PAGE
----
This is the original paper introducing Embeddings from Language Models (ELMo).
Unlike most widely used word embeddings, ELMo word representations are functions of the entire input sentence.
That’s what makes ELMo great: they’re contextualized word representations, meaning that they can express multiple possible senses of the same word.
Specifically, ELMo representations are a learned linear combination of all layers of an LSTM encoding. The LSTM undergoes general semi-supervised pretraining, but the linear combination is learned specific to the task. It’s been shown that initial layers in LSTM encoders are more representative of syntax, while later layers tend to represent semantics, so this linear combination is a key advantage that allows ELMo to improve accuracy on tasks ranging from POS tagging to question answering.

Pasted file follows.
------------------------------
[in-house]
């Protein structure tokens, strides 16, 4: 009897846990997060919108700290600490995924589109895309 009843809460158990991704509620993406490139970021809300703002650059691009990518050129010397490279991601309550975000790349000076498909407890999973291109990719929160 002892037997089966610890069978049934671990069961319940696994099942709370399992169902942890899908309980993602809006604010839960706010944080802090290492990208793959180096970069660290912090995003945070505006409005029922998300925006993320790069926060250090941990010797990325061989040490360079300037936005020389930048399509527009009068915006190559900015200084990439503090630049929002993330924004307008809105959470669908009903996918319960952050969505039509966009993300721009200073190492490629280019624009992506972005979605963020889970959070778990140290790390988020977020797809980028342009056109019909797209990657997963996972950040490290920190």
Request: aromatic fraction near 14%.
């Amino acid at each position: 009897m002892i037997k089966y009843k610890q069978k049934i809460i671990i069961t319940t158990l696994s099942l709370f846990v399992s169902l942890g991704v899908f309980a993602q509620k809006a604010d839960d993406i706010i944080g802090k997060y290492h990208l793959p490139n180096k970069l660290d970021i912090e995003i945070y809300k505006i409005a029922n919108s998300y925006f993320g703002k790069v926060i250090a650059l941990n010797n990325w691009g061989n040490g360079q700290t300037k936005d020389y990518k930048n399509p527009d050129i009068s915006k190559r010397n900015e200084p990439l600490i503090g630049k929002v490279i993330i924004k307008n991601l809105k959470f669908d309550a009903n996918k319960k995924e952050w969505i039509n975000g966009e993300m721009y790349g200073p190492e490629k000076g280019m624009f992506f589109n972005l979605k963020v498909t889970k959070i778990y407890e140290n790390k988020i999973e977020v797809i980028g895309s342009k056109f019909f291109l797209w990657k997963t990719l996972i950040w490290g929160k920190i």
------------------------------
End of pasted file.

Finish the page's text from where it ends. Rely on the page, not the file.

As you’d expect, the inclusion of intermediate layers in the overall representation only slightly improves the performance on tasks that measure semantic understanding (see table 2 of the paper).